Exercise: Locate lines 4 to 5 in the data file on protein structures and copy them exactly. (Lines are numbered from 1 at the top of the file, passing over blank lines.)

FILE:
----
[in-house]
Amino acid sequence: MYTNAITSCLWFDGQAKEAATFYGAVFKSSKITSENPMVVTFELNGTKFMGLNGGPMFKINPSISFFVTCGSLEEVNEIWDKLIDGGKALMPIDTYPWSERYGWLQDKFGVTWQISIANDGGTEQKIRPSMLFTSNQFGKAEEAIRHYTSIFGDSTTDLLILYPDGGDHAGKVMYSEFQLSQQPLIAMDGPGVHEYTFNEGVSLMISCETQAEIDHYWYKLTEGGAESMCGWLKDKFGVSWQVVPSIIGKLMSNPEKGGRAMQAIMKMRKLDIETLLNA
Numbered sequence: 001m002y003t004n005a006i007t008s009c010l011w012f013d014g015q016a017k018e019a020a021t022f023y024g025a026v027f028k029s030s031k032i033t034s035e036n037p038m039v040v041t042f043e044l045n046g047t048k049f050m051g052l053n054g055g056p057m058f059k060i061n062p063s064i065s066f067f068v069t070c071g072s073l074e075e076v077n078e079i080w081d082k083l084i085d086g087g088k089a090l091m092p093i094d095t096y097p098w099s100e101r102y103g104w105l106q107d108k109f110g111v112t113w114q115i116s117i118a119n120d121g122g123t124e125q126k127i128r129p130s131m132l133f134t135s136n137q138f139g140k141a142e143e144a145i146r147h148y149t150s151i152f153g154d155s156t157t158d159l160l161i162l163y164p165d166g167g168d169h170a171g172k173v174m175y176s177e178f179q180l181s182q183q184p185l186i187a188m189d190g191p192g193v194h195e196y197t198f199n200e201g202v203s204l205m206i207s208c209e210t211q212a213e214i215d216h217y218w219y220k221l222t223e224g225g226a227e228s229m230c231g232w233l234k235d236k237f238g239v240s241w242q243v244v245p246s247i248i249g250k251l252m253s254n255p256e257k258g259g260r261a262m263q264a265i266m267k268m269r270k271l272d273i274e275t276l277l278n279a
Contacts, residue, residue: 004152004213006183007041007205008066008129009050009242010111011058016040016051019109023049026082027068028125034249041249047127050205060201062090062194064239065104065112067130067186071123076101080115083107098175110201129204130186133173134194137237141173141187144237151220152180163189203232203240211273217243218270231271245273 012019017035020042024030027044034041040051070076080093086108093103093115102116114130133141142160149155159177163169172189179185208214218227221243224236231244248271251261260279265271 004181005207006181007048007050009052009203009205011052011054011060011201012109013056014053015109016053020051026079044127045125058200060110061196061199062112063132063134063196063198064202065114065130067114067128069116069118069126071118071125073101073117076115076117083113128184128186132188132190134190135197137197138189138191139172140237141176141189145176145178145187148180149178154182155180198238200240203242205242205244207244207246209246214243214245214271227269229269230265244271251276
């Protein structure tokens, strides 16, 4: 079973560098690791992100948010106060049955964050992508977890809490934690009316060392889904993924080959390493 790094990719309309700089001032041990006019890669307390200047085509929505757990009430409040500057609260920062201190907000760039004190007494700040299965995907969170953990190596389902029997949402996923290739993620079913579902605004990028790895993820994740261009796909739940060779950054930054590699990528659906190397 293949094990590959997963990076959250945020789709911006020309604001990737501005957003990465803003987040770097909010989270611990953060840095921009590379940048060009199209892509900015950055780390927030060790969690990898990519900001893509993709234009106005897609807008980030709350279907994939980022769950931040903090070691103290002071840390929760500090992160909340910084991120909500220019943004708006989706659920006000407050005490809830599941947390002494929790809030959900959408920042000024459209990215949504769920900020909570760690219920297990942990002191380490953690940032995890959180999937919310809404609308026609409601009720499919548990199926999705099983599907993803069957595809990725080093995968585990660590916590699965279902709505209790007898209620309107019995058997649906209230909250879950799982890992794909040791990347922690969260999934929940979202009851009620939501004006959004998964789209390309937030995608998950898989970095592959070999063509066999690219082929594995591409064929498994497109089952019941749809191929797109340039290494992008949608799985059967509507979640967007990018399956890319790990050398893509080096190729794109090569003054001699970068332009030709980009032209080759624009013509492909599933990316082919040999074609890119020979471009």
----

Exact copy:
Contacts, residue, residue: 004152004213006183007041007205008066008129009050009242010111011058016040016051019109023049026082027068028125034249041249047127050205060201062090062194064239065104065112067130067186071123076101080115083107098175110201129204130186133173134194137237141173141187144237151220152180163189203232203240211273217243218270231271245273 012019017035020042024030027044034041040051070076080093086108093103093115102116114130133141142160149155159177163169172189179185208214218227221243224236231244248271251261260279265271 004181005207006181007048007050009052009203009205011052011054011060011201012109013056014053015109016053020051026079044127045125058200060110061196061199062112063132063134063196063198064202065114065130067114067128069116069118069126071118071125073101073117076115076117083113128184128186132188132190134190135197137197138189138191139172140237141176141189145176145178145187148180149178154182155180198238200240203242205242205244207244207246209246214243214245214271227269229269230265244271251276
């Protein structure tokens, strides 16, 4: 079973560098690791992100948010106060049955964050992508977890809490934690009316060392889904993924080959390493 790094990719309309700089001032041990006019890669307390200047085509929505757990009430409040500057609260920062201190907000760039004190007494700040299965995907969170953990190596389902029997949402996923290739993620079913579902605004990028790895993820994740261009796909739940060779950054930054590699990528659906190397 293949094990590959997963990076959250945020789709911006020309604001990737501005957003990465803003987040770097909010989270611990953060840095921009590379940048060009199209892509900015950055780390927030060790969690990898990519900001893509993709234009106005897609807008980030709350279907994939980022769950931040903090070691103290002071840390929760500090992160909340910084991120909500220019943004708006989706659920006000407050005490809830599941947390002494929790809030959900959408920042000024459209990215949504769920900020909570760690219920297990942990002191380490953690940032995890959180999937919310809404609308026609409601009720499919548990199926999705099983599907993803069957595809990725080093995968585990660590916590699965279902709505209790007898209620309107019995058997649906209230909250879950799982890992794909040791990347922690969260999934929940979202009851009620939501004006959004998964789209390309937030995608998950898989970095592959070999063509066999690219082929594995591409064929498994497109089952019941749809191929797109340039290494992008949608799985059967509507979640967007990018399956890319790990050398893509080096190729794109090569003054001699970068332009030709980009032209080759624009013509492909599933990316082919040999074609890119020979471009």